18% real estate




39% preferred securities, composed of



25.9% real estate preferreds



13.1% infrastructure preferreds



18% debt



And the remainder in other assets, including cash

Relative to our blended benchmark, that makes our most significant overweight in the REIT preferred space, and our largest underweight to infrastructure common equities.

The initial allocation to debt was 25% and was essentially high yield bonds. This part of the portfolio has performed well, so we’ve taken some of those gains and reallocated those profits to other parts of the portfolio. We are currently under our target for debt, namely, because we see better risk/reward opportunities elsewhere in the capital structure in our investable universe.

We will, of course, continue to actively manage the debt allocation. We look for bonds issued by companies in the infrastructure space and currently favor the healthcare and pipeline sectors.

Today, our bond portfolio is providing yields in the 8 percent range. While spreads have tightened for much of this year, we are still finding a diverse cross-section of bonds that are attractive as we apply our bottom-up, research-oriented process.

TF: Thank you, Jeff.



Turning back to Jay, you said earlier that the fund has flexibility in its ability to invest in global infrastructure and real estate around the world.

What is the current portfolio mix geographically, and between the asset classes?


Over time, we would expect a roughly 50/50 mix between the U.S. and foreign holdings and approximately two-thirds infrastructure and one-third real estate. Currently, we are overweight the U.S. at nearly 65%, most of which comes from an underweight to Europe. After the US, the largest country positions in order are Australia, the UK, and Singapore. The US/foreign mix and the infrastructure/real estate mix are related, as well, since nearly all of the European opportunity set is in infrastructure companies.

So, against our long term expectations, we are underweight infrastructure relative to real estate as well, driven by our underweight in Europe.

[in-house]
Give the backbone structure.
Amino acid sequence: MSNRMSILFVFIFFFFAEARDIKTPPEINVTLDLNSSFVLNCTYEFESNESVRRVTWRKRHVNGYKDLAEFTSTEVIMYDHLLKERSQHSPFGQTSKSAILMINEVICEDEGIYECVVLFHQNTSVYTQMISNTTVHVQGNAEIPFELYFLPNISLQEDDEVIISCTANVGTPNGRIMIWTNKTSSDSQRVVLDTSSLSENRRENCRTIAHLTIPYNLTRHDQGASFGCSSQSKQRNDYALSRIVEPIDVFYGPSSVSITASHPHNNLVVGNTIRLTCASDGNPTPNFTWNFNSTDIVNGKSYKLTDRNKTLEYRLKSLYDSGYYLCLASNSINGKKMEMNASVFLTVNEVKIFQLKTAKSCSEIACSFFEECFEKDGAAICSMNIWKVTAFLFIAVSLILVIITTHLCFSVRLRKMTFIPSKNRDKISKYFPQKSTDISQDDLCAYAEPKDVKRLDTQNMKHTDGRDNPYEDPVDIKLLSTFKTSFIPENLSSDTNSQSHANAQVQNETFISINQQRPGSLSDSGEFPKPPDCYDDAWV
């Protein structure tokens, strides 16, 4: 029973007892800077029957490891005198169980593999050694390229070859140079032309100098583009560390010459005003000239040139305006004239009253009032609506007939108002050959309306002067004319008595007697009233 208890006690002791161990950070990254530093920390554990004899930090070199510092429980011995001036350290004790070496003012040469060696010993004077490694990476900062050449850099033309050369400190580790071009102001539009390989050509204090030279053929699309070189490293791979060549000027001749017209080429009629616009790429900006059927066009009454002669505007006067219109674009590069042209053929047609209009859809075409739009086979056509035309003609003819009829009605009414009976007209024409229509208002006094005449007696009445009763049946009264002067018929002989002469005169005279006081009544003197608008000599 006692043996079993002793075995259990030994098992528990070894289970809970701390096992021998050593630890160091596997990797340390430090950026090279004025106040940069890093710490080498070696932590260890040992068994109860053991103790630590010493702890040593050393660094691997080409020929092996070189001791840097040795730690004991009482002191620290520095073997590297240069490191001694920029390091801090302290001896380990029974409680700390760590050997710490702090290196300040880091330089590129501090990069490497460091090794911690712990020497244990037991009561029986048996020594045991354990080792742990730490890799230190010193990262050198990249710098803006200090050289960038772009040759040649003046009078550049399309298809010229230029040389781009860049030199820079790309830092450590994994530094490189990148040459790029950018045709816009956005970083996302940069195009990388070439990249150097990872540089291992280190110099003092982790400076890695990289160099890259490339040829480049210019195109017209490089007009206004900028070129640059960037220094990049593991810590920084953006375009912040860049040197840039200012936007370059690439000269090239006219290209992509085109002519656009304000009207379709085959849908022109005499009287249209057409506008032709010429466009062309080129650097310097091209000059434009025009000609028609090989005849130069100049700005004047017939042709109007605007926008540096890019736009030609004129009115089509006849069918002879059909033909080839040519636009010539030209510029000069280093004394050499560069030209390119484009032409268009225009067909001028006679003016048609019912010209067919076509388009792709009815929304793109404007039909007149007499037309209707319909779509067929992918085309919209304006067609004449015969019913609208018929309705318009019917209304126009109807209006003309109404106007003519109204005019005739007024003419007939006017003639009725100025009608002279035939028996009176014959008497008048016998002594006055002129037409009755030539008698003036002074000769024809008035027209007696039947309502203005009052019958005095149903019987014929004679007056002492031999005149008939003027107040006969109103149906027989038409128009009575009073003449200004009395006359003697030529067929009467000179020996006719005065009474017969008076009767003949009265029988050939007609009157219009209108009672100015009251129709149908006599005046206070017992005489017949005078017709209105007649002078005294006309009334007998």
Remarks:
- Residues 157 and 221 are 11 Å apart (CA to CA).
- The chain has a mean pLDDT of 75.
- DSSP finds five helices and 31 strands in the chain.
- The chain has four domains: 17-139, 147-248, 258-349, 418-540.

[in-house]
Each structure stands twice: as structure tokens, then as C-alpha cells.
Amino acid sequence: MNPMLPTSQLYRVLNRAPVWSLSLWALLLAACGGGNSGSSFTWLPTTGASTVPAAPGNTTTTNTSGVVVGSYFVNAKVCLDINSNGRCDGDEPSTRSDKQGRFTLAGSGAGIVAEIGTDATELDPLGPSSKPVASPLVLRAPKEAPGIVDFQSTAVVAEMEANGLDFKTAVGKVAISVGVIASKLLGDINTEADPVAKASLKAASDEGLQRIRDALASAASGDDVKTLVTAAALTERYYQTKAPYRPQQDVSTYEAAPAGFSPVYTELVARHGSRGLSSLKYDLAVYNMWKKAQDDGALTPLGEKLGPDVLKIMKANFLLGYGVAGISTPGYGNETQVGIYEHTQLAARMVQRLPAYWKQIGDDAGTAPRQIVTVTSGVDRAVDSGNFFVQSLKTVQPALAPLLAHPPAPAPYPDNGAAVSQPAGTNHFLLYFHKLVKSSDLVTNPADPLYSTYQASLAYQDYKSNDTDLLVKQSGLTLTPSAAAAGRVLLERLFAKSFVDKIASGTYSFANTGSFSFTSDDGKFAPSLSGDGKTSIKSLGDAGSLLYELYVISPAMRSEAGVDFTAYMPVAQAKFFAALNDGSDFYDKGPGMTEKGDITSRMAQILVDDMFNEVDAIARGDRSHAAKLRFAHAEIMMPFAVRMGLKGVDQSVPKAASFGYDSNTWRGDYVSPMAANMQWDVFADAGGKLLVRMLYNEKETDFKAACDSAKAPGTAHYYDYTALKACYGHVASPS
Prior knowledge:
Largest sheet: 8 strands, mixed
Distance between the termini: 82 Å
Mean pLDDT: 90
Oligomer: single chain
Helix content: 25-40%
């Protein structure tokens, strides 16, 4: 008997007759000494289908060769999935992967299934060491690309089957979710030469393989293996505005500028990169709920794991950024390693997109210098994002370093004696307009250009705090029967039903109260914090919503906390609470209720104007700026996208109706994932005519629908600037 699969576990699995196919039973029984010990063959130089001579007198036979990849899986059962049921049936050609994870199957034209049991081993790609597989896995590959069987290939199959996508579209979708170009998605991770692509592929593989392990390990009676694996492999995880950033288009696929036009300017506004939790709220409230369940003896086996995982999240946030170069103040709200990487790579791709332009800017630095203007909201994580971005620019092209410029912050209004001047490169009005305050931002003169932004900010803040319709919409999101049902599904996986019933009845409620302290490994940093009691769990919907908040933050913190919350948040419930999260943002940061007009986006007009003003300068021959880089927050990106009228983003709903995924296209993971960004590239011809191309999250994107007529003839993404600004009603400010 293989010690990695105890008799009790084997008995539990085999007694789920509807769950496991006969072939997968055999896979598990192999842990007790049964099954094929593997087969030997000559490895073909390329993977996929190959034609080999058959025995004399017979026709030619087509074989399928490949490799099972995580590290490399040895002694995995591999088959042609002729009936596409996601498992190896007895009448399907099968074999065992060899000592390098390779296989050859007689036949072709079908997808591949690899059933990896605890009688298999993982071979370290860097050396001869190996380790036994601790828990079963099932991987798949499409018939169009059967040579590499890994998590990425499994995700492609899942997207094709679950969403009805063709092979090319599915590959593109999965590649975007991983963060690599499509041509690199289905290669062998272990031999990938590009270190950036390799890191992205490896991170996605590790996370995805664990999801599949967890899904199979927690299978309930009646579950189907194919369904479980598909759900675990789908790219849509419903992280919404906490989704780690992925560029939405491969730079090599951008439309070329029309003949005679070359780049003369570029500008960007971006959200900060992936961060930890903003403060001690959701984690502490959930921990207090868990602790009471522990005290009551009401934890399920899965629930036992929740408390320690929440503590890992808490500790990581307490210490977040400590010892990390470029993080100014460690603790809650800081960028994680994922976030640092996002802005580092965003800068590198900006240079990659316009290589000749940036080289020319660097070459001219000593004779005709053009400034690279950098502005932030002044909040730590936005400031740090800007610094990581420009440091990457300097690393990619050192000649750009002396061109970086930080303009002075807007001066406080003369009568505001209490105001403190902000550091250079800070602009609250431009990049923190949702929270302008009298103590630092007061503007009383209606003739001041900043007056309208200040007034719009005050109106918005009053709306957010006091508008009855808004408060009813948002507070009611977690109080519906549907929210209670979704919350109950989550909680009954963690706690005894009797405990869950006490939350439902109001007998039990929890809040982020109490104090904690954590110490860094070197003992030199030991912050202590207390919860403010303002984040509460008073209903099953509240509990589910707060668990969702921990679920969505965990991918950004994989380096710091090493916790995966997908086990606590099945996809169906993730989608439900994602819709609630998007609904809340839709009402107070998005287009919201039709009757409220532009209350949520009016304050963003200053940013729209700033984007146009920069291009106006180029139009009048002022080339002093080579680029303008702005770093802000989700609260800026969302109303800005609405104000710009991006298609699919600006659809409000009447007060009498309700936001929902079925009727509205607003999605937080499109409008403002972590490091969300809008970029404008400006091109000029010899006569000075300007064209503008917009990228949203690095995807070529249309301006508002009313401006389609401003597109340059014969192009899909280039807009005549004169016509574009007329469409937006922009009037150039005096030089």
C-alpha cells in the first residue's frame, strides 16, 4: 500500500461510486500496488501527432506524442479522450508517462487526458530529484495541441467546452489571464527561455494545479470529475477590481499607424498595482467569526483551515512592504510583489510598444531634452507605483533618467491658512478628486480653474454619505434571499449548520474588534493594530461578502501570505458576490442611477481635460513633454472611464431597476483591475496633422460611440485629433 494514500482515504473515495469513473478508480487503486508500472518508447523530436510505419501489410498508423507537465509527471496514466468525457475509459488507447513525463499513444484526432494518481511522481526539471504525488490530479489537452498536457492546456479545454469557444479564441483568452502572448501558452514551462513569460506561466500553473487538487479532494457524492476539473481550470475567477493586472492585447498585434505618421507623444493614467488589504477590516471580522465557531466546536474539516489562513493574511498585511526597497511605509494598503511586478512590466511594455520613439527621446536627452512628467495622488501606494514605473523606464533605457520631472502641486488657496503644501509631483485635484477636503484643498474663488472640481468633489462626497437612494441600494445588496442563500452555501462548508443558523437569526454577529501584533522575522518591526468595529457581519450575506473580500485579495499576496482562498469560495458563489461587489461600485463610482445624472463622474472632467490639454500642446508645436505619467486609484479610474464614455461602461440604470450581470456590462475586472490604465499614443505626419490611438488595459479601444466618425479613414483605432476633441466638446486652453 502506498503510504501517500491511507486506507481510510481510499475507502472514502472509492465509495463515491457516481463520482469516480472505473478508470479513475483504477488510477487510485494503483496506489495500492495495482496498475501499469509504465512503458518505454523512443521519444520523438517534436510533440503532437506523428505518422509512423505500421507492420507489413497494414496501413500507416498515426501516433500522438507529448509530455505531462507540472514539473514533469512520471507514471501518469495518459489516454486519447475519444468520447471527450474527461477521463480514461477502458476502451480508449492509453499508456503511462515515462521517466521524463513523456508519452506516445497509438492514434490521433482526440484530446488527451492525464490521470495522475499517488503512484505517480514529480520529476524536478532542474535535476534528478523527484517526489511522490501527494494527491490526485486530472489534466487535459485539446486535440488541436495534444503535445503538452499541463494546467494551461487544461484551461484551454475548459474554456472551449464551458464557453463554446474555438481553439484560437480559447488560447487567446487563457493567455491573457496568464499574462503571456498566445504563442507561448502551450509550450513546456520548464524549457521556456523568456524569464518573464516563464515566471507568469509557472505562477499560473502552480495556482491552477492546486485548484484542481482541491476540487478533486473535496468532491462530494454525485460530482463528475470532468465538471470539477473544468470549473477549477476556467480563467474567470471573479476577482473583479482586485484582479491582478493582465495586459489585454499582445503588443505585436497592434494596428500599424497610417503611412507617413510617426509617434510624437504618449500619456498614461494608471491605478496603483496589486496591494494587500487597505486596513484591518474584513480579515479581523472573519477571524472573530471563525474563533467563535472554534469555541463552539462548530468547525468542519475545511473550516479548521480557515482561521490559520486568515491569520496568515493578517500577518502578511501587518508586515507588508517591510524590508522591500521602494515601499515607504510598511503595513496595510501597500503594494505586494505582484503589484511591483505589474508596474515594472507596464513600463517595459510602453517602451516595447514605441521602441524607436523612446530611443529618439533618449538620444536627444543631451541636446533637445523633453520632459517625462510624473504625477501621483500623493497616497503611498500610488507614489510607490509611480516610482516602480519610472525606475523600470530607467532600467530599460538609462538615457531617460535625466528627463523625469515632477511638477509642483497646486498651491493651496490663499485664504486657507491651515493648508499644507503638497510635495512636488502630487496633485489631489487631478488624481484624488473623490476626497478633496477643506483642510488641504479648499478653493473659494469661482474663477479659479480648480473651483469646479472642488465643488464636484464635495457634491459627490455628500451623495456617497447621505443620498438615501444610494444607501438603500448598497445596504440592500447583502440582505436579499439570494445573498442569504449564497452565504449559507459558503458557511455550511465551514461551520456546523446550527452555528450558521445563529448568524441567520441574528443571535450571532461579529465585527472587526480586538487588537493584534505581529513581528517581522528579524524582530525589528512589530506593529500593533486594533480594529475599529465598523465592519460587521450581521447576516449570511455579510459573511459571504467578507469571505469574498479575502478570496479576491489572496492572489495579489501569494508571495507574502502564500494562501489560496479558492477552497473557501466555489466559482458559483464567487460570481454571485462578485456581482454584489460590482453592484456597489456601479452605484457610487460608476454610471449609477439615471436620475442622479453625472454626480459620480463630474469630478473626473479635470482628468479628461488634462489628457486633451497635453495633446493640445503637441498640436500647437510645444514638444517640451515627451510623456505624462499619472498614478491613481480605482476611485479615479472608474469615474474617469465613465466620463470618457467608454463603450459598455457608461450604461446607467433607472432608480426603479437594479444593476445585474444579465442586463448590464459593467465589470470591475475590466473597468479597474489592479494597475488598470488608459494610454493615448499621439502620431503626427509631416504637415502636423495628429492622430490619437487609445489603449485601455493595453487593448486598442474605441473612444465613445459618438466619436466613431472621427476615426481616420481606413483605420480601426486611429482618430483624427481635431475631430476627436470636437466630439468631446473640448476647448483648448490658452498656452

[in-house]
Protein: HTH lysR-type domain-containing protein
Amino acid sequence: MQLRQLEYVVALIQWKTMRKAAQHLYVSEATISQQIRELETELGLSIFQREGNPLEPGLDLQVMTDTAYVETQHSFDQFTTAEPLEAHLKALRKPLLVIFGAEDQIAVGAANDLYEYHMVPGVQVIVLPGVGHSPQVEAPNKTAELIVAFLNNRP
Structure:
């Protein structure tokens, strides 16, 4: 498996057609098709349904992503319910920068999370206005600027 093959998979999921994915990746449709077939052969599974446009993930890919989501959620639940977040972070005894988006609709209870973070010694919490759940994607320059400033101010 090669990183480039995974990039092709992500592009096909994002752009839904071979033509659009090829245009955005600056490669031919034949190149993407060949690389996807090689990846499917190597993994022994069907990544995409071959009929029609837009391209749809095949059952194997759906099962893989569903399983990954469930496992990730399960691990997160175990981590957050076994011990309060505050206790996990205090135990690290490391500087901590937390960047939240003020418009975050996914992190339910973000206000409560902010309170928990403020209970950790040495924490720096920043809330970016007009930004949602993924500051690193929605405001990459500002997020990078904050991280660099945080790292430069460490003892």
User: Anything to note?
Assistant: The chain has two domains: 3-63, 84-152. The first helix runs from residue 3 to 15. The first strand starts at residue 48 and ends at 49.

TF: Thank you.

To move on, let’s talk about the fund’s performance, information on which can be found on the Nuveen website at

The net asset value has moved upward from $19.10 at its April 25 inception, to $20.29 on September 30, while paying two quarterly distributions that total 73.5 cents per share.



The fund’s price has moved downward during that same timeframe from $20.00 to $18.98, for annualized price return of (-3.25%)

Can you please talk about the NAV performance, which is at a +8.24% annualized return, based on its performance between its inception April 25 and September 30 of this year?


We are very pleased with how the fund is performing. We measure against a blended benchmark of five indexes, and that blended benchmark return since JRI’s inception is 3.75%. Relative to the positive 8.24% annualized figure you just quoted, on an NAV basis we have outperformed by almost 450 basis points and also have easily outpaced even the best performing stand-alone asset class index in our benchmark, which has been high yield debt.

Suffice it to say, we’d prefer to have seen better market price performance for the fund, more in line with the underlying portfolio NAV results. But as a new fund, we understand that it may take time for investors to understand the potential fund benefits we see of inflation protection, current income and a lower volatility portfolio.